Ignoring frames full of honey?
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  1. #1
    Join Date
    Dec 2019
    Location
    SE Michigan USDA 6a (Macomb Co.)
    Posts
    101

    Default Ignoring frames full of honey?

    Strange behavior it seems to me, but hopefully somebody with more experience can help answer this one... I had one dead-out this year, and looking through the hive, there was a ton of new brood and bees all over the hive, not well clustered. I presume that the weird warm weather we had for a bit earlier tricked the hive to wake up early, and they became productive too soon, right before another cold snap. Too much brood + too few bees to keep them all warm = death?

    Besides the point though, I have probably 8 frames full of honey, bee bread, pollen, etc, so I stacked them all up openly near my other hives, and figured they'd all get robbed out nearly instantly like usual. But, after a few days, only a few bees here and there seem interested, and they are pulling in a ton of pollen from foraging. Perhaps they are just more interested in pollen due to the protein content, so they can raise more brood? Seems strange to ignore such a huge cache of food literally 20 feet in front of the door... Is this unusual?
    USDA 6a, 8 frame equipment

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  3. #2
    Join Date
    May 2011
    Location
    Algoma District Northern Ontario, Canada
    Posts
    5,456

    Default Re: Ignoring frames full of honey?

    Honey has to be uncapped by the nurse bees and diluted with water to be used. Someone has to haul the water. If there is some nectar coming in they prefer the nectar. Scratching cappings off sometimes helps bees start to use up honey in frames in hive or move it up to clear cells for queen to lay.
    Frank

  4. #3
    Join Date
    Sep 2018
    Location
    Northern Lower Michigan, USA
    Posts
    1,157

    Default Re: Ignoring frames full of honey?

    Not sure I would stack them next to the bees, Once bees start getting honey and it runs out they may start robbing the weakest hive you have.
    If you plan to do any splits use the frames to fill boxes.

    If not place the honey under a strong hive, bees do not like honey under the brood nest, they will move it up, into a super of comb if you put one there.
    I do enough splits I just use up the comb with stores in the splits.

    Sometimes if i put an empty super on a hive then the honey up top they will remove it , need a non comb gap to convince them to go get it. Once flow starts they will build the gap in so timing is critical. could be something else to try.
    Good Luck

    GG

  5. #4
    Join Date
    Nov 2019
    Location
    Bellflower,Montgomery County, Mo
    Posts
    80

    Default Re: Ignoring frames full of honey?

    Gray Goose has good advice for you. I only let them clean out frames more than 100 feet away from active hives.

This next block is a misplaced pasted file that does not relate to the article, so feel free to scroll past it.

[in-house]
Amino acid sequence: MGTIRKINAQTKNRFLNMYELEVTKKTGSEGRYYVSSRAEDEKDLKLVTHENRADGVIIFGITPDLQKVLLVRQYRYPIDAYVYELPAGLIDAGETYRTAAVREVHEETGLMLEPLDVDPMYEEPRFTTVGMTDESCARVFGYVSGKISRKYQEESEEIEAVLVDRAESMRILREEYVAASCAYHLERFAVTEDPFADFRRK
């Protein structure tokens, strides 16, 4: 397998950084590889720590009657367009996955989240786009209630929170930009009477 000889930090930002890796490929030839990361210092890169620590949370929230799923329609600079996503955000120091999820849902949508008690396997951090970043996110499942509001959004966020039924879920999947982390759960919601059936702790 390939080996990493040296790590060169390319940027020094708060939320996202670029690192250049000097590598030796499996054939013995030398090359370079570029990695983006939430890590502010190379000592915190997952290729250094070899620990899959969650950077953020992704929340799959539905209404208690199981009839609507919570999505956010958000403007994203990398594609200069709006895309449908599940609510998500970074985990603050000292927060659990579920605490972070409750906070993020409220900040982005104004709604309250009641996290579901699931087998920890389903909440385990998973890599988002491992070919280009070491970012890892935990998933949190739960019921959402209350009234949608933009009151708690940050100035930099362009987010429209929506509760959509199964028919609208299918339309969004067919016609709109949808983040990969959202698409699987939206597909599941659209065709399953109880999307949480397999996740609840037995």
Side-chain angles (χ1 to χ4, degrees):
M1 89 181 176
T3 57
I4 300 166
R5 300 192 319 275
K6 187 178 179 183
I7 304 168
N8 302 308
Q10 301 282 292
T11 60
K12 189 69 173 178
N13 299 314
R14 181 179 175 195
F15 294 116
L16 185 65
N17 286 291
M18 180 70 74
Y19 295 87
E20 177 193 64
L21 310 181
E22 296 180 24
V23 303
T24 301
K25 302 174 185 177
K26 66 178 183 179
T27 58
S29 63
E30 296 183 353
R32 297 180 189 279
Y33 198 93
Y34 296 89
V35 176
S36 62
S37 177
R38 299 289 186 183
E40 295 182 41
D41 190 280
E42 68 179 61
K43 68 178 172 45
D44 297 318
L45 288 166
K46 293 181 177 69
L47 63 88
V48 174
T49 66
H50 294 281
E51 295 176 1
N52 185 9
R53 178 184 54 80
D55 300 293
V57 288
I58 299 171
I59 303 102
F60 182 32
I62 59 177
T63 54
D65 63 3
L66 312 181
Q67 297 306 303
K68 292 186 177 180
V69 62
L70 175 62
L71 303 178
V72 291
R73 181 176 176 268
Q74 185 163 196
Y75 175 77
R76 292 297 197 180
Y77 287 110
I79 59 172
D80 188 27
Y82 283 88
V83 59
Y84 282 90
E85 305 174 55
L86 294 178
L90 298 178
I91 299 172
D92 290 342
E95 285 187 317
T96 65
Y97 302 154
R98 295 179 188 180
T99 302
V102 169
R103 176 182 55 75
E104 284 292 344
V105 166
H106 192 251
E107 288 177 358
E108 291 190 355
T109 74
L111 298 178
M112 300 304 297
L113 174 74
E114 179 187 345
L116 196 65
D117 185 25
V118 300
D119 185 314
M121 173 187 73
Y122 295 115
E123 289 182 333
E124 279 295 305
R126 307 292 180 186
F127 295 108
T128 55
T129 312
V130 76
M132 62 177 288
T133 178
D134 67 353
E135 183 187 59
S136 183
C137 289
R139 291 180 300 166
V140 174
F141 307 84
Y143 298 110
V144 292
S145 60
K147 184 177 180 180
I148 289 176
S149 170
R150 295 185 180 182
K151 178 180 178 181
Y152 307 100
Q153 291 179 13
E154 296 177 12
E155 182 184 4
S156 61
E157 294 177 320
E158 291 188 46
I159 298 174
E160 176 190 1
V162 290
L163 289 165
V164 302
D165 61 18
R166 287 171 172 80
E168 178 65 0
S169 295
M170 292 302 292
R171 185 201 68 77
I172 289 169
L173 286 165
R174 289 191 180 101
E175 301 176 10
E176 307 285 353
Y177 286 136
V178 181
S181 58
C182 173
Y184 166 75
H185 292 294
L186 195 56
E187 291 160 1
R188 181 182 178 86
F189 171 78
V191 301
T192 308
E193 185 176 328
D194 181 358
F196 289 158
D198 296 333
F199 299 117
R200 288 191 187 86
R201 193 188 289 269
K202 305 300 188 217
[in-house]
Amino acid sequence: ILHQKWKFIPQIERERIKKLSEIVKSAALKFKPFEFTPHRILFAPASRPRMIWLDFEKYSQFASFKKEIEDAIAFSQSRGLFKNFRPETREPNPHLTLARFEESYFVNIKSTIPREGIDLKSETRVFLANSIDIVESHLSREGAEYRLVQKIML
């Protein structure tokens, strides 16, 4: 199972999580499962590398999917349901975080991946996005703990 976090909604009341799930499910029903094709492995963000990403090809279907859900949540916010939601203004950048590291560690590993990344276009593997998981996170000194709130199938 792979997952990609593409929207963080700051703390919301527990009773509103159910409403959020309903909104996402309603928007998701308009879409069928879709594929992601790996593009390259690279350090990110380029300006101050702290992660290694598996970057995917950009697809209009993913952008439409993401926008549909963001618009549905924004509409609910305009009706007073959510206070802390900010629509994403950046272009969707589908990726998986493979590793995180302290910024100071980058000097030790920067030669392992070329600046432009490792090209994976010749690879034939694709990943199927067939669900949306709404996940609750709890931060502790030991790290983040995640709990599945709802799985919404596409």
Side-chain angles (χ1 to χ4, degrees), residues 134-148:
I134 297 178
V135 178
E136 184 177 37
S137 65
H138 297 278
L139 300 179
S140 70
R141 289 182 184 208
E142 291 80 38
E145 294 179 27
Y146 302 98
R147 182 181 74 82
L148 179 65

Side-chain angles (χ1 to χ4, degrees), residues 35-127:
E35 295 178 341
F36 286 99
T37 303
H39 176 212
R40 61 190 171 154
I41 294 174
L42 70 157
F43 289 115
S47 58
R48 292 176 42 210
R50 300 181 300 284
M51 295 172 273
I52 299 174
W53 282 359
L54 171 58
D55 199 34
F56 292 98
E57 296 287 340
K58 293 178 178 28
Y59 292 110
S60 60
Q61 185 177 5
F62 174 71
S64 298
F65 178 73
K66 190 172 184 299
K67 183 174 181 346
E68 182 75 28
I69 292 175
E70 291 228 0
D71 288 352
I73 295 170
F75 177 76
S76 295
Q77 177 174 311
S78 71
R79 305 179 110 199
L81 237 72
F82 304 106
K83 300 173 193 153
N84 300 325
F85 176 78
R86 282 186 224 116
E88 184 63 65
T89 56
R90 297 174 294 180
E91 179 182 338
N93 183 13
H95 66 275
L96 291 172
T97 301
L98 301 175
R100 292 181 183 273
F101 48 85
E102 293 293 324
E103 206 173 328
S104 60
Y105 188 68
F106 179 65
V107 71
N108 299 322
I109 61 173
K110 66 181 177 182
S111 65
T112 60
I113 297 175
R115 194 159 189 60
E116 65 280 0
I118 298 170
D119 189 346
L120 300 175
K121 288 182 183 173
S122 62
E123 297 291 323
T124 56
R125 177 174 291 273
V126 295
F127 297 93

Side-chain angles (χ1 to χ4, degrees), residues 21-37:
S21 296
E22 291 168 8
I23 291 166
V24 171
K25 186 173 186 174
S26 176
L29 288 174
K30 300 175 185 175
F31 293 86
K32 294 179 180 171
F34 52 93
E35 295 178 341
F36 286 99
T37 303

Do you know what your mite load was going into the winter? Healthy hives often make it through the winter. Sometimes big hives die out in Feb or March if the weather goes back and forth. Either one of these or both may have been the cause.

    I just pulled 8 frames of honey off of my hives when I broke them down to a single deep and added a queen excluder. I got 20 lbs of honey and I was happy as I was down to a couple of crystalized jars left for me.

  6. #5
    Join Date
    May 2018
    Location
    PNW
    Posts
    36

    Default Re: Ignoring frames full of honey?

    Also, just freeze them and use in fall and give them to a weak(er) hives. Freezing will prevent pollen from spoiling and honey getting crystallized.

  7. #6
    Join Date
    Dec 2019
    Location
    SE Michigan USDA 6a (Macomb Co.)
    Posts
    101

    Default Re: Ignoring frames full of honey?

    Quote Originally Posted by Jim Braun View Post
    Do you know what your mite load was going into the winter? Healthy hives often make it through the winter. Sometimes big hives die out in Feb or March if the weather goes back and forth. Either one of these or both may have been the cause.
    Thanks for all the helpful info! I was already considering using some of this honey as essentially "frame feeders" for my splits, so that will work well, and I can freeze the rest as well for later. Definitely they will come in handy. I'll keep food further away too, but neither of my hives seem very weak just now fortunately.

    As for varroa (thanks for the OAV tool you sold me johno, works great!), I treated with OAV every 3 days for the entire month of October, and then we got a real cold spell early in November, so they were good there. I also treated 3 times earlier this year days it wasn't super cold, so hopefully that helped as well. I did not do an alcohol wash, not no dead mites on the boards afterward, so it seems the mites are quite low. Only after this about 3 weeks did I notice the deadout, so I think they just got a bit ahead of themselves before another cold snap hit.
    USDA 6a, 8 frame equipment

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